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When counting Mormons is as difficult as counting Jews

by Mark Paredes

February 3, 2014 | 12:00 am

Since today is Super Bowl Sunday , I had plenty of time to blog after church (never seen a game, never will). This week is when Mormon bishops worldwide have to send a report to Church headquarters that declares the tithing status of each member of their wards (congregations) for last year. Every member is listed as either full-tithe payer, partial-tithe payer, non-tithe payer, or exempt (e.g., missionaries). Every member with an income is expected to tithe 10% of it to the church, and each member needs to be accounted for in the report. Members are supposed to meet with their bishop at the end of the year to declare their tithing status, but most do not. There are 648 members on my ward’s roster, and our tithing report was 12 pages long.

Since our average Sunday church attendance is around 130 souls, that means that there are around 500 members in my ward boundaries who either seldom or never come to church. In light of this depressing reality, I admire someone like Professor Ira Sheskin, an expert in finding and reaching out to Jews through phone surveys. According to Ha’aretz, “Finding Jews among respondents is a little like finding needles in a haystack.” I can certainly commiserate with the good professor.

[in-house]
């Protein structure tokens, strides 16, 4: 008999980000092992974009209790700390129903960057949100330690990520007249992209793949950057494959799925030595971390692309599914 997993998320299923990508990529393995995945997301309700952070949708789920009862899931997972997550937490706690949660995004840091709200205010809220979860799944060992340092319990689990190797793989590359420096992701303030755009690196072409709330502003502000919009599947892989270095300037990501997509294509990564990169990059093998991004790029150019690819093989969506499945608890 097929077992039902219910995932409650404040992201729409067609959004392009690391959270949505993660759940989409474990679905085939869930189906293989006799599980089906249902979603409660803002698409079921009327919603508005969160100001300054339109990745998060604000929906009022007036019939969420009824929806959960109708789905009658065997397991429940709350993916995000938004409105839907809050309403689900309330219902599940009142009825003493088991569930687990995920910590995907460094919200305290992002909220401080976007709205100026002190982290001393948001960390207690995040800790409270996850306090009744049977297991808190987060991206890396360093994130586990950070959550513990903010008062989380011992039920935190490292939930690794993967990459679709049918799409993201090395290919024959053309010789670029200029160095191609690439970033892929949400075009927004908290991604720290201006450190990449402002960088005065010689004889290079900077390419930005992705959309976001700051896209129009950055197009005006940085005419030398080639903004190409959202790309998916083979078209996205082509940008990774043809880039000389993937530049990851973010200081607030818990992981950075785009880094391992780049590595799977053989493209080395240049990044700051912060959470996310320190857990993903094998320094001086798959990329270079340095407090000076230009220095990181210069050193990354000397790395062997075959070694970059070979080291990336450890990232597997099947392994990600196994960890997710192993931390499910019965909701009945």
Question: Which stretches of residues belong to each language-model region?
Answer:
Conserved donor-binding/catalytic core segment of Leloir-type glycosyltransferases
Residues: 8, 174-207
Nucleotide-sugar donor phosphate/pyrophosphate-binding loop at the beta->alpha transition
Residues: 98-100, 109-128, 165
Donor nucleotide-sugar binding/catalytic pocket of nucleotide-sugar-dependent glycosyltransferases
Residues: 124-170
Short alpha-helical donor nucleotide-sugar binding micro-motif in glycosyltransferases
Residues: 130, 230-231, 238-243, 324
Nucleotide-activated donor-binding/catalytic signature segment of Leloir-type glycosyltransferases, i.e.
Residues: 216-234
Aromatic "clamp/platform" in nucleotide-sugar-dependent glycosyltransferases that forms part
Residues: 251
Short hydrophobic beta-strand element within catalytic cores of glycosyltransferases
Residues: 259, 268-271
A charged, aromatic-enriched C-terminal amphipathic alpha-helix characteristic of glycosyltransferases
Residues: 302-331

Even in a hierarchical, centralized church like mine, keeping track of members is not easy.  Each member in my ward has an electronic record that travels with him. When someone moves into my ward boundaries, we request his record from the previous ward. When he moves out, we send it to his new bishop. However, many members who no longer come to church don’t bother to let us know when they move and/or change address. I sent out the yearly Christmas letter in December to 300 ward members, and 33 were returned as undeliverable. That translates to more than 10% of the ward with unknown addresses; finding them is usually difficult if not impossible.

Of course, there are also plenty of Mormons who move to a new city and don’t let their new ward know of their arrival. Missionaries regularly meet people in our ward boundaries who claim to be Mormons but are unknown to us. To reach these folks, we use shoe leather instead of phone surveys. The ten  missionaries assigned to our ward are tasked with reaching out to less-active members, and their efforts are supported by several ward missionaries and the men’s and women’s organizations in the ward. We do our best to find and befriend fellow members, regardless of their current life situation, and encourage them to come back to church. 

Like Professor Sheskin, our ward leaders have our work cut out for us as we attempt to identify and fellowship the 80% of our members – at least on paper – who are not in the pews on Sundays. For encouragement I look to the Talmud, which reminds us that “[W]hoever saves a life, it is considered as if he saved an entire world.”

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ABOUT THE AUTHOR

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Mark Paredes is a Mormon Bishop and a member of the Jewish Relations Committee of the LDS Church’s Southern California Public Affairs Council. He has worked for the ZOA, the...

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